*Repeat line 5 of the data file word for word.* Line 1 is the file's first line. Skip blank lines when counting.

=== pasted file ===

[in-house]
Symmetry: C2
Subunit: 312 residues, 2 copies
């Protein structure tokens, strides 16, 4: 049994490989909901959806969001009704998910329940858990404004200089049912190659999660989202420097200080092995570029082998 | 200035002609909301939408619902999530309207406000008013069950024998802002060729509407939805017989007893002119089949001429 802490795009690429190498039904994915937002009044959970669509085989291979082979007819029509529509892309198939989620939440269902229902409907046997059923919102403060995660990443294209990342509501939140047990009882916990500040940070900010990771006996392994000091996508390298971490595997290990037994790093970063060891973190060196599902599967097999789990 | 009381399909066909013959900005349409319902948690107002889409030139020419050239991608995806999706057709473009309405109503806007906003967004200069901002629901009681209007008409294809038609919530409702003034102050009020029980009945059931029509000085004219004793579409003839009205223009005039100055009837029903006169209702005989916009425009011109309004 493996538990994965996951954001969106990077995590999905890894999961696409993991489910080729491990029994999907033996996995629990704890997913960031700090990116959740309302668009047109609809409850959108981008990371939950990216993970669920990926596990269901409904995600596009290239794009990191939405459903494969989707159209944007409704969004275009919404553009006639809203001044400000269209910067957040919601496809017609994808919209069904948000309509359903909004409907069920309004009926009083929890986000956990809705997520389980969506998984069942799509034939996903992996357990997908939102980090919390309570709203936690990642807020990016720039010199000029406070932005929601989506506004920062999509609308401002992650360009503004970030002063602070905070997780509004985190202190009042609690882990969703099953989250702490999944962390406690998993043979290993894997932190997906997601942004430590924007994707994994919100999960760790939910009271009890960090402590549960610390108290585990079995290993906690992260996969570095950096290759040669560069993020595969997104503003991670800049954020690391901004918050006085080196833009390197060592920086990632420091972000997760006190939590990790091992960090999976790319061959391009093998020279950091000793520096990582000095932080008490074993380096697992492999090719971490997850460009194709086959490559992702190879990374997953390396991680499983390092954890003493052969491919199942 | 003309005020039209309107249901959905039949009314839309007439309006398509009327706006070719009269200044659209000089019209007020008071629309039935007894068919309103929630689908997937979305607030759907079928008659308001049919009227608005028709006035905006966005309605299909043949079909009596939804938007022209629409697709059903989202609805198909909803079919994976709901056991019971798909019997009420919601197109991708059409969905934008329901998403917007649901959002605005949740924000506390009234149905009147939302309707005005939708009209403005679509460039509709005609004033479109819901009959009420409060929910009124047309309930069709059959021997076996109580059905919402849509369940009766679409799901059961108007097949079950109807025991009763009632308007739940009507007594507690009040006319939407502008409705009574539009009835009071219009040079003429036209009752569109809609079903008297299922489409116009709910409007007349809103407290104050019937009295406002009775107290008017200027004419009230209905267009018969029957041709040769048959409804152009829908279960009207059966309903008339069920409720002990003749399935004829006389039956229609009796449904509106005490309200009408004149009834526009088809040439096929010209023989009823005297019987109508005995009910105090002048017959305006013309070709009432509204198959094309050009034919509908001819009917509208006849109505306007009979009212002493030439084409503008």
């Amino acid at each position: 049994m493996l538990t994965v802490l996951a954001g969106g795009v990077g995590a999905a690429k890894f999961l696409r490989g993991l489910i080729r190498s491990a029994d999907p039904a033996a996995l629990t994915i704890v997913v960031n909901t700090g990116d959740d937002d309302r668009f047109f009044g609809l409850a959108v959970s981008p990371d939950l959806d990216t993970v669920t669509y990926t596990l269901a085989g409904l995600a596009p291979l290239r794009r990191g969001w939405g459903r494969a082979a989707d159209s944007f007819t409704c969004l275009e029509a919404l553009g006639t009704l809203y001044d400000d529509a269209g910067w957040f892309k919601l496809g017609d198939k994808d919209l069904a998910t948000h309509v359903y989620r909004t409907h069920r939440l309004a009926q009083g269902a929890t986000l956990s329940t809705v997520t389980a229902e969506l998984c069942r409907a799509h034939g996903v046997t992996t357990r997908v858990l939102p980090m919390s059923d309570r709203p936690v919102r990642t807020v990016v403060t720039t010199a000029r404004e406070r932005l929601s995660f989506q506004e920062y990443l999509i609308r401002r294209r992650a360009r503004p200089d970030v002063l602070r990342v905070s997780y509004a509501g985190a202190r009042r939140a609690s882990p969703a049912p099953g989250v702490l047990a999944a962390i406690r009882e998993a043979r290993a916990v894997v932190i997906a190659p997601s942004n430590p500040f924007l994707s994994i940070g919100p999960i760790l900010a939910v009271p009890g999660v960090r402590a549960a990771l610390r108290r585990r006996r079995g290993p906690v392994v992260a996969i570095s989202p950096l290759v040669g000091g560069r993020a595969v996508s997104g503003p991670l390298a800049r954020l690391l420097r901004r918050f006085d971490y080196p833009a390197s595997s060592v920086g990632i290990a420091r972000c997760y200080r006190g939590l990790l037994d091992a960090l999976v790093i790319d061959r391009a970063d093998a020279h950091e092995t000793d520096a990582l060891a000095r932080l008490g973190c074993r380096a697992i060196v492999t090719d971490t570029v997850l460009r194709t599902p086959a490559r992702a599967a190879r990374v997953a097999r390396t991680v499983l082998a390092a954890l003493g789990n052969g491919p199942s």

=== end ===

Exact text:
């Amino acid at each position: 049994m493996l538990t994965v802490l996951a954001g969106g795009v990077g995590a999905a690429k890894f999961l696409r490989g993991l489910i080729r190498s491990a029994d999907p039904a033996a996995l629990t994915i704890v997913v960031n909901t700090g990116d959740d937002d309302r668009f047109f009044g609809l409850a959108v959970s981008p990371d939950l959806d990216t993970v669920t669509y990926t596990l269901a085989g409904l995600a596009p291979l290239r794009r990191g969001w939405g459903r494969a082979a989707d159209s944007f007819t409704c969004l275009e029509a919404l553009g006639t009704l809203y001044d400000d529509a269209g910067w957040f892309k919601l496809g017609d198939k994808d919209l069904a998910t948000h309509v359903y989620r909004t409907h069920r939440l309004a009926q009083g269902a929890t986000l956990s329940t809705v997520t389980a229902e969506l998984c069942r409907a799509h034939g996903v046997t992996t357990r997908v858990l939102p980090m919390s059923d309570r709203p936690v919102r990642t807020v990016v403060t720039t010199a000029r404004e406070r932005l929601s995660f989506q506004e920062y990443l999509i609308r401002r294209r992650a360009r503004p200089d970030v002063l602070r990342v905070s997780y509004a509501g985190a202190r009042r939140a609690s882990p969703a049912p099953g989250v702490l047990a999944a962390i406690r009882e998993a043979r290993a916990v894997v932190i997906a190659p997601s942004n430590p500040f924007l994707s994994i940070g919100p999960i760790l900010a939910v009271p009890g999660v960090r402590a549960a990771l610390r108290r585990r006996r079995g290993p906690v392994v992260a996969i570095s989202p950096l290759v040669g000091g560069r993020a595969v996508s997104g503003p991670l390298a800049r954020l690391l420097r901004r918050f006085d971490y080196p833009a390197s595997s060592v920086g990632i290990a420091r972000c997760y200080r006190g939590l990790l037994d091992a960090l999976v790093i790319d061959r391009a970063d093998a020279h950091e092995t000793d520096a990582l060891a000095r932080l008490g973190c074993r380096a697992i060196v492999t090719d971490t570029v997850l460009r194709t599902p086959a490559r992702a599967a190879r990374v997953a097999r390396t991680v499983l082998a390092a954890l003493g789990n052969g491919p199942s």